This is the dramatic moment a mother antelope clashed horns with a three-tonne rhino which strayed a little too close to her calf at a safari park.
The stand-off in Wiltshire saw the antelope refuse to back down when the beast approached her calf – and at one point even clashed horns with it.
The antelope, Ramina, kept her baby Phoenix behind her at all times as she charged at the massive rhino, Njanu, despite it being 15 times heavier.
Keepers say Ramina, a scimitar oryx antelope, was being overly defensive of her baby on her first outing in the park following a difficult birth.
This saw the calf, who lives at Longleat Safari Park near Frome, brought back to life by mouth-to-mouth resuscitation.
Dan Gray, a keeper at the park, said: ‘Phoenix is Ramina’s seventh calf but her birth was not an easy one.
‘In fact I had to give her mouth-to-mouth resuscitation soon after she was born as she had stopped breathing.’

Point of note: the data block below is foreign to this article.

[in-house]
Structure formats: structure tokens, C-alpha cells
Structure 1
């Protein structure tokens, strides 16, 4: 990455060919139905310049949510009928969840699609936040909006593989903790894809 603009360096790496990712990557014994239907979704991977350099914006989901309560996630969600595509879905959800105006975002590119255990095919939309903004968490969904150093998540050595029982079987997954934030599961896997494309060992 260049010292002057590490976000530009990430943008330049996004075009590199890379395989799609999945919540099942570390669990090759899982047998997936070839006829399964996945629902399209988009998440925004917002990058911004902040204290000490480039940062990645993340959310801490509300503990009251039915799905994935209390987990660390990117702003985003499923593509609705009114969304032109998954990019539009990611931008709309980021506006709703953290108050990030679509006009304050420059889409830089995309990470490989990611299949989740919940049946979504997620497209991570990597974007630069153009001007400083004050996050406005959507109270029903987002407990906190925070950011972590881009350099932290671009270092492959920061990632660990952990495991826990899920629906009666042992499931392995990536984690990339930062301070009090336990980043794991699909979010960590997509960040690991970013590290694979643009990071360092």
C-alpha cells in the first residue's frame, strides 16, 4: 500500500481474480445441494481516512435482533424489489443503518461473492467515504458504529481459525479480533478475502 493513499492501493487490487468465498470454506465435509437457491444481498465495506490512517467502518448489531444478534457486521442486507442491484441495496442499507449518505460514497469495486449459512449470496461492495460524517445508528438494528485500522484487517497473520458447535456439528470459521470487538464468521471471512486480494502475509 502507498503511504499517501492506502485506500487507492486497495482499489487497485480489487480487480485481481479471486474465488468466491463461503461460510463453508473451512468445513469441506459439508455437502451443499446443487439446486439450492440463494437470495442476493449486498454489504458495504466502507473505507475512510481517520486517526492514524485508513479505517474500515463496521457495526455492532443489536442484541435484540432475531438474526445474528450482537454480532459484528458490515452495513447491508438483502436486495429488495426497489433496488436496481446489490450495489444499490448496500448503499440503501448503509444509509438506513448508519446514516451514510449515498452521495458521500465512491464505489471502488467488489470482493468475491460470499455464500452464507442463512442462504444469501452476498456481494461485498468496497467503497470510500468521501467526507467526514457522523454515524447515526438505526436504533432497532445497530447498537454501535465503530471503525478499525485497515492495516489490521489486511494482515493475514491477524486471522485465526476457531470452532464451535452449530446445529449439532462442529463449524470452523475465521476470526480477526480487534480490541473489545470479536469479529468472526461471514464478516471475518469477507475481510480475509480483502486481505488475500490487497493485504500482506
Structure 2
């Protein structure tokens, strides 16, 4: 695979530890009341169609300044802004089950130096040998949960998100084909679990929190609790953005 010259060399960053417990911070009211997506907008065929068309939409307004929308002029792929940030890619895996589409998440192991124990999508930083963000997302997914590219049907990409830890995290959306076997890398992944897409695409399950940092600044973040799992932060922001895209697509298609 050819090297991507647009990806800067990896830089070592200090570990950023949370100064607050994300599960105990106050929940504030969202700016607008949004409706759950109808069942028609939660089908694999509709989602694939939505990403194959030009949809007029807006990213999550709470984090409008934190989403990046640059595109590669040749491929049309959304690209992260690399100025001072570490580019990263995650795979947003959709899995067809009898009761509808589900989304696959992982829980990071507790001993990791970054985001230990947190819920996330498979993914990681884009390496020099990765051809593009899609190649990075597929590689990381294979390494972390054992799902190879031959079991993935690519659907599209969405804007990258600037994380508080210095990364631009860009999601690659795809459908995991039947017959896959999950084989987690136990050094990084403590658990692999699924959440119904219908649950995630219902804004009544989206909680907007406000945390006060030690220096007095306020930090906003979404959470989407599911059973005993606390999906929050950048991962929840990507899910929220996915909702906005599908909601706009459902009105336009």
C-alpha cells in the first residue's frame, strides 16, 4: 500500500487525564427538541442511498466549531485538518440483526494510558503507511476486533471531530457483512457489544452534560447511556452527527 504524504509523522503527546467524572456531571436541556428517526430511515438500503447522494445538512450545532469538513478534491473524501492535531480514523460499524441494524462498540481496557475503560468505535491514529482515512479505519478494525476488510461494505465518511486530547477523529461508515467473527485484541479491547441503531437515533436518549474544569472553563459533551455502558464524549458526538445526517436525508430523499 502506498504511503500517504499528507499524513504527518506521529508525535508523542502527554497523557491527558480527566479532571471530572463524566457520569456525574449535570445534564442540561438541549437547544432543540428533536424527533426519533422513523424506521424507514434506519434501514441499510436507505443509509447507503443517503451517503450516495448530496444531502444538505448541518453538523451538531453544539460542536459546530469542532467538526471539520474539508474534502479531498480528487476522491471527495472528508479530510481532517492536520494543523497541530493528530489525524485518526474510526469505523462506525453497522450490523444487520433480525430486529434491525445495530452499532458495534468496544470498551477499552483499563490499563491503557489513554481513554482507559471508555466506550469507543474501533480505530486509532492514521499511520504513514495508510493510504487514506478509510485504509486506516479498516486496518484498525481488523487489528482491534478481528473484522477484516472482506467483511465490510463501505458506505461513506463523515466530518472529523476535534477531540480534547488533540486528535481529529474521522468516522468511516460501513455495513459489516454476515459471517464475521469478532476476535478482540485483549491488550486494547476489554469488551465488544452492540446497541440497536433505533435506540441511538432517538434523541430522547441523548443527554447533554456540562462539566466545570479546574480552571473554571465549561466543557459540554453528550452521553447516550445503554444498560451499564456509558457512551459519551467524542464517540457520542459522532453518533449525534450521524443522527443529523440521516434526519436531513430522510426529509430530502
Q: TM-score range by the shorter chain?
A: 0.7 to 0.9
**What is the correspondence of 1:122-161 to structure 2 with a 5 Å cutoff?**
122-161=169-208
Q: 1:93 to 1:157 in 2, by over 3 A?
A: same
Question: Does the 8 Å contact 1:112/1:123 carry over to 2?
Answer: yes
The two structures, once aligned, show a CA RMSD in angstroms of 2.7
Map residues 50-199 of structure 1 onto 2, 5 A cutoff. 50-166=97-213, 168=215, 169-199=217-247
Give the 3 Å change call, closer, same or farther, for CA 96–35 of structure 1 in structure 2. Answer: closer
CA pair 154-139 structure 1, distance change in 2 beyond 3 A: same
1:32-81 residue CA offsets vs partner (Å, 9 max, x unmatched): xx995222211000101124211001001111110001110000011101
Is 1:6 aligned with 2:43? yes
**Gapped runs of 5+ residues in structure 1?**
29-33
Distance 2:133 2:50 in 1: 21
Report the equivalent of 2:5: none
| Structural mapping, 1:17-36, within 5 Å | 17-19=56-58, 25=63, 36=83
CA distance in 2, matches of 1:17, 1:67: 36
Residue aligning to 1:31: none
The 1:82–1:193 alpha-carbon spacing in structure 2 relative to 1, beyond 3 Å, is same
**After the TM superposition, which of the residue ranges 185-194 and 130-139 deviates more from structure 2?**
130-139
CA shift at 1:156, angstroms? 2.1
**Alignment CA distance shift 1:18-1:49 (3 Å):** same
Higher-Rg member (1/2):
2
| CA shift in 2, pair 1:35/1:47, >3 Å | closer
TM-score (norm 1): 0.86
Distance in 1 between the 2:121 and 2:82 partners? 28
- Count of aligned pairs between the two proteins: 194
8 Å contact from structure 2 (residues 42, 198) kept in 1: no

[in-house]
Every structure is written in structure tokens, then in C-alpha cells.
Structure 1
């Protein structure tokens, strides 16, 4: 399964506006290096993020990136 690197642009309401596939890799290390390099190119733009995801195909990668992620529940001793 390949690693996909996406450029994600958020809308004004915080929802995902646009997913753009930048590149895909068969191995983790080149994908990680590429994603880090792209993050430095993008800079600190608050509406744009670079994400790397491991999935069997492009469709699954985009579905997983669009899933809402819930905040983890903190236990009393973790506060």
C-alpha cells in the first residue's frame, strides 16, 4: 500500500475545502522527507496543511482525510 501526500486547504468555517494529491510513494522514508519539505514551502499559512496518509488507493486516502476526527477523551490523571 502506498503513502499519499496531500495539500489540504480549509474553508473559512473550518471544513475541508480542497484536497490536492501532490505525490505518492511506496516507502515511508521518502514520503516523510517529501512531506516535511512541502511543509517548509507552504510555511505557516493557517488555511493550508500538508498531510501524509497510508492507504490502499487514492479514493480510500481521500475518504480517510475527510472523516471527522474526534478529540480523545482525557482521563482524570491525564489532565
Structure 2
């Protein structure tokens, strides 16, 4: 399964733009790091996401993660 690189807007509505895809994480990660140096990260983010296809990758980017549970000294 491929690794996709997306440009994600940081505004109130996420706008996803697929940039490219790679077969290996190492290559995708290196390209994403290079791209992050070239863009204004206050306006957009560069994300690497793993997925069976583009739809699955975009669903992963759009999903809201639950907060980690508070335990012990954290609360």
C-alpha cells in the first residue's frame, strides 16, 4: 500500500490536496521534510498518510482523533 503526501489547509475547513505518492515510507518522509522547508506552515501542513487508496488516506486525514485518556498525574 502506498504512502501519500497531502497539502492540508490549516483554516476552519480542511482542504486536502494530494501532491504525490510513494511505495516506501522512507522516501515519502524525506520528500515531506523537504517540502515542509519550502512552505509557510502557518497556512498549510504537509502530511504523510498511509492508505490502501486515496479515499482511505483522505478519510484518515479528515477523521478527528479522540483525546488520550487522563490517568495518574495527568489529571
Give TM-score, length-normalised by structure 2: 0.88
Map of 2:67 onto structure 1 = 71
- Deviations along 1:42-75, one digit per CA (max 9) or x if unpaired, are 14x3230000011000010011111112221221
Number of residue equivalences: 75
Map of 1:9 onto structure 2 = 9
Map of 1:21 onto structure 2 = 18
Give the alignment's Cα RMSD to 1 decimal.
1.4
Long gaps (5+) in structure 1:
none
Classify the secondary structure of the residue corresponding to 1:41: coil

But he added: ‘Happily Phoenix made a full recovery and that was why she was allowed out in to the park properly.
‘However, it may be that Ramina was even more protective than usual as a result and decided to stand her ground. Njanu was almost certainly just being inquisitive and meant no harm at all.
‘But I guess Ramina didn’t know that and she displayed real maternal courage to stand up to him so bravely.’
The scimitar oryx – oryx dammah in Latin – gets its name from its scimitar-shaped horn which can measure up to 5ft (1.5m) in length.
Some experts believe the oryx may be the basis for the unicorn legend because when seen side-on it can appear as if they only have one horn.
The horns are made from hollow bone, so can break off quite easily and do not grow back – making one horned oryx a relatively common occurrence.
The oryx antelope, originally from North Africa, is thought to have gone extinct in the wild in 1999 – due to hunting and loss of habitat.
Longleat is part of an international captive breeding programme for the species, with there now said to be more than 1,500 of them worldwide.
Re-introduction programmes are taking place in Morocco, Tunisia and Senegal – with captive-bred animals being released into fenced reserves.